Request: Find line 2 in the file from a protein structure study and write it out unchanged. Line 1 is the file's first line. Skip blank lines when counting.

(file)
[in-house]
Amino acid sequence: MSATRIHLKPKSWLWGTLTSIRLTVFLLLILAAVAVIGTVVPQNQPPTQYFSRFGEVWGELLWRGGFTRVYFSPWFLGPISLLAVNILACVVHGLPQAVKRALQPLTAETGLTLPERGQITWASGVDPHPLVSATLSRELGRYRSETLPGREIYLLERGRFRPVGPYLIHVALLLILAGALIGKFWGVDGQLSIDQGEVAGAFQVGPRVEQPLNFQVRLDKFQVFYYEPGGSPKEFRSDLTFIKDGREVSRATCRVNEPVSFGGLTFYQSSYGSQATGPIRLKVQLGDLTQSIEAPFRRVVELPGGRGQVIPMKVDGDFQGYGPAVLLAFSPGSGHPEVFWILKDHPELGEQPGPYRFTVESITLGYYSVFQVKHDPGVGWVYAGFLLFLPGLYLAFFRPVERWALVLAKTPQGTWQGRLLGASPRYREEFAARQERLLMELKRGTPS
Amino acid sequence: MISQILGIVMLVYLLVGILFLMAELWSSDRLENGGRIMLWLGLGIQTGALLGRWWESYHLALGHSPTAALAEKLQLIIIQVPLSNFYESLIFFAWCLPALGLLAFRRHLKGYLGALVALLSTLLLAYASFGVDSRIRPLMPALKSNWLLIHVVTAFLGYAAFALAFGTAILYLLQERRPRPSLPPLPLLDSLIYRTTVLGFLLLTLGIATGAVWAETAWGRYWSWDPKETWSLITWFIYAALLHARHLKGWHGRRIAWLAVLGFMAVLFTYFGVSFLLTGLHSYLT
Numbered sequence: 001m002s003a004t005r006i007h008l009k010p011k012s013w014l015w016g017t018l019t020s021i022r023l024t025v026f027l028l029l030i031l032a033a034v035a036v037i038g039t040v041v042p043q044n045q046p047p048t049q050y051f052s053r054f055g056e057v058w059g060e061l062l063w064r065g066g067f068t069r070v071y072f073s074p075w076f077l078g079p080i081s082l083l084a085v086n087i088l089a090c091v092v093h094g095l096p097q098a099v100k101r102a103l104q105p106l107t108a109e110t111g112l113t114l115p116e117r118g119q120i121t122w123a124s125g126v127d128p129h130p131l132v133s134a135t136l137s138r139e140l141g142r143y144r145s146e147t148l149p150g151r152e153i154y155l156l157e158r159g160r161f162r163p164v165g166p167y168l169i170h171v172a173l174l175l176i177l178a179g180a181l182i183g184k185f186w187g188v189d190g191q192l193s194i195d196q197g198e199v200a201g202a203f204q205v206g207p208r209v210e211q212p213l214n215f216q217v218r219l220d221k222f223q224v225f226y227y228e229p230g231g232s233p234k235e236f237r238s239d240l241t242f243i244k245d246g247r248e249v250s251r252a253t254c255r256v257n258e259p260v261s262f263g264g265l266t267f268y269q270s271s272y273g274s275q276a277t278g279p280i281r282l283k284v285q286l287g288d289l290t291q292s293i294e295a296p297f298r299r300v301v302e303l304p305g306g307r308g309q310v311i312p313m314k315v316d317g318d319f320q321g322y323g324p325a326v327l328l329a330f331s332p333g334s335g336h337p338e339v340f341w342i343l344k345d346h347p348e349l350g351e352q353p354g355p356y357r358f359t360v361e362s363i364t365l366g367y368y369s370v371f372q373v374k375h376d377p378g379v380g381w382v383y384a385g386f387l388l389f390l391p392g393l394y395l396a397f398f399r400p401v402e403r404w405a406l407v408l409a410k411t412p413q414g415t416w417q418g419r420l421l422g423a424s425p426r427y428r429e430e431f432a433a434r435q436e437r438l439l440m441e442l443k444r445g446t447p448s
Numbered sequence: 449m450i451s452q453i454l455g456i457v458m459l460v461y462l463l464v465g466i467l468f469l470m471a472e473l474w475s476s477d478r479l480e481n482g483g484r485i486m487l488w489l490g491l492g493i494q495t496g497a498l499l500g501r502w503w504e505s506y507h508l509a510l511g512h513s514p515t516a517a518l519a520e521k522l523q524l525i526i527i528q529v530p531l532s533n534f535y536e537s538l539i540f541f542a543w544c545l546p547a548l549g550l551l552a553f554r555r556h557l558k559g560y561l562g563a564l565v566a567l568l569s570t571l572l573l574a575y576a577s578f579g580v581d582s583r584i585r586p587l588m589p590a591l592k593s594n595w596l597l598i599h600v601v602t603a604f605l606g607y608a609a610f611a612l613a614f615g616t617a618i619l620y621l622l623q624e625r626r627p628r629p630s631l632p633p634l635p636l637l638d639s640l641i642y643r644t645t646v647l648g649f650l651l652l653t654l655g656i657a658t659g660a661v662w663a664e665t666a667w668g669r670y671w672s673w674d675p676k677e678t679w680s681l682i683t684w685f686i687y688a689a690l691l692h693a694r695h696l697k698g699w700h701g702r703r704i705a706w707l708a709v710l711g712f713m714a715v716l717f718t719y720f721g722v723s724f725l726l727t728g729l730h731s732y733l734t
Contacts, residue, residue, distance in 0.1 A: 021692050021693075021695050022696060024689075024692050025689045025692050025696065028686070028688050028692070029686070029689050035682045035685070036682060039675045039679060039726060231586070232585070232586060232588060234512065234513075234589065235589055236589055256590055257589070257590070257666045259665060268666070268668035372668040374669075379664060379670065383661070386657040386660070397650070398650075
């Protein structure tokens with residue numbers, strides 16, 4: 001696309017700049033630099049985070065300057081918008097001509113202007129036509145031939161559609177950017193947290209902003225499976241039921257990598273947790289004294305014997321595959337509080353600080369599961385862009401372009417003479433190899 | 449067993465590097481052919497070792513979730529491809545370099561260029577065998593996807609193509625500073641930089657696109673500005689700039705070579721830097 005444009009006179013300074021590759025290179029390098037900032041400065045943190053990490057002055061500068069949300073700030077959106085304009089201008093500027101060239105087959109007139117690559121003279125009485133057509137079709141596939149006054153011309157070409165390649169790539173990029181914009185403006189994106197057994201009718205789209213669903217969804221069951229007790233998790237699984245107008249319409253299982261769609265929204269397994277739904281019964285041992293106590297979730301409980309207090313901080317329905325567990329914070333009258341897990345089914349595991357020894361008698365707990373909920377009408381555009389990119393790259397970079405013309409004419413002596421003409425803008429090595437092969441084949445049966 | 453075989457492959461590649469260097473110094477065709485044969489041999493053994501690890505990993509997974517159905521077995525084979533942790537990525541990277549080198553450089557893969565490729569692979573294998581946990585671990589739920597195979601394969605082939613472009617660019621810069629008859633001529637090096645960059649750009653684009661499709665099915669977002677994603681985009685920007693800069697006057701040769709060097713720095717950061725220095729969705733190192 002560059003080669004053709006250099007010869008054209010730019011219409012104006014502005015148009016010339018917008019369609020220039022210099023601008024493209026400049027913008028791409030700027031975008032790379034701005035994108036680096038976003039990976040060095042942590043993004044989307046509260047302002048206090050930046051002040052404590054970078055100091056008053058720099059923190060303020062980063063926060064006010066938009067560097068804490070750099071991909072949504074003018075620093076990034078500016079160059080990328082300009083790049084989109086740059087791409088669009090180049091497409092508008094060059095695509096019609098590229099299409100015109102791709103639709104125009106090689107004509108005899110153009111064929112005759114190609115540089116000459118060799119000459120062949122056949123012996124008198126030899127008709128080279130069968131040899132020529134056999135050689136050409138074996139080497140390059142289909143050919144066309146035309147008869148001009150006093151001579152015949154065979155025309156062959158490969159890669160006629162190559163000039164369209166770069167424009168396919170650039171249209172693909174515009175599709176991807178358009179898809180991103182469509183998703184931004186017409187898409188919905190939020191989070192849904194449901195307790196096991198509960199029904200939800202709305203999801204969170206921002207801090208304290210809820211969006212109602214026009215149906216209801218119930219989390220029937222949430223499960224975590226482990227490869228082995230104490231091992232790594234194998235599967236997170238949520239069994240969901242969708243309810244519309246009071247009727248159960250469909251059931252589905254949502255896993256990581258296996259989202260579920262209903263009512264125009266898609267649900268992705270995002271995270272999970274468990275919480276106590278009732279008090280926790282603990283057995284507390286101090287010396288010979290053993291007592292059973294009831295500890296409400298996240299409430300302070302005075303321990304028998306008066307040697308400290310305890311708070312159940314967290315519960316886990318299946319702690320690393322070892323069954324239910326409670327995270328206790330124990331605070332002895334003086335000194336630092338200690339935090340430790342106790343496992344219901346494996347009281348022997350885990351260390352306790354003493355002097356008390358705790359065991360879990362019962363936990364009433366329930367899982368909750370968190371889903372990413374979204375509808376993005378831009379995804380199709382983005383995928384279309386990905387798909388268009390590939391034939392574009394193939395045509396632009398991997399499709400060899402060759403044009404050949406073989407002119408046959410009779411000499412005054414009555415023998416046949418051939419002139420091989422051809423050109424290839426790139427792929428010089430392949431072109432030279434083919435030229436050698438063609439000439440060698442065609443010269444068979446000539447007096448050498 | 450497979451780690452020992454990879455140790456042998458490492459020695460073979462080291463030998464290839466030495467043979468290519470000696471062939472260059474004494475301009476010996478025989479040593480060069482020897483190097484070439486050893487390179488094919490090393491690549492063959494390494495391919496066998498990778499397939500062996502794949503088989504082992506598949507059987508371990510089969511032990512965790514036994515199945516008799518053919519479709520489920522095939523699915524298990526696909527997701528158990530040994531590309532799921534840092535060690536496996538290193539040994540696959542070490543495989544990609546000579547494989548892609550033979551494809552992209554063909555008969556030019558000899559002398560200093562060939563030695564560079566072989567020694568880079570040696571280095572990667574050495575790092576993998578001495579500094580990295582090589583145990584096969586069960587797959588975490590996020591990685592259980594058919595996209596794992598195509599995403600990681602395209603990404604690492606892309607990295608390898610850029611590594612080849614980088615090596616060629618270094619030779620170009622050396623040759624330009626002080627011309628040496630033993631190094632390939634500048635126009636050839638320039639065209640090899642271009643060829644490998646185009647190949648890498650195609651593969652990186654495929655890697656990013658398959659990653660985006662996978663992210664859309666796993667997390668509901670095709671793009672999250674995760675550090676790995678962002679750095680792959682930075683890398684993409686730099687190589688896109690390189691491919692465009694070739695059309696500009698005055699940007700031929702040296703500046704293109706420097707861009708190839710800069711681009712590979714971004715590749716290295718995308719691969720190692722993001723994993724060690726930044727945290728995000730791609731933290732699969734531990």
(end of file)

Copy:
Amino acid sequence: MSATRIHLKPKSWLWGTLTSIRLTVFLLLILAAVAVIGTVVPQNQPPTQYFSRFGEVWGELLWRGGFTRVYFSPWFLGPISLLAVNILACVVHGLPQAVKRALQPLTAETGLTLPERGQITWASGVDPHPLVSATLSRELGRYRSETLPGREIYLLERGRFRPVGPYLIHVALLLILAGALIGKFWGVDGQLSIDQGEVAGAFQVGPRVEQPLNFQVRLDKFQVFYYEPGGSPKEFRSDLTFIKDGREVSRATCRVNEPVSFGGLTFYQSSYGSQATGPIRLKVQLGDLTQSIEAPFRRVVELPGGRGQVIPMKVDGDFQGYGPAVLLAFSPGSGHPEVFWILKDHPELGEQPGPYRFTVESITLGYYSVFQVKHDPGVGWVYAGFLLFLPGLYLAFFRPVERWALVLAKTPQGTWQGRLLGASPRYREEFAARQERLLMELKRGTPS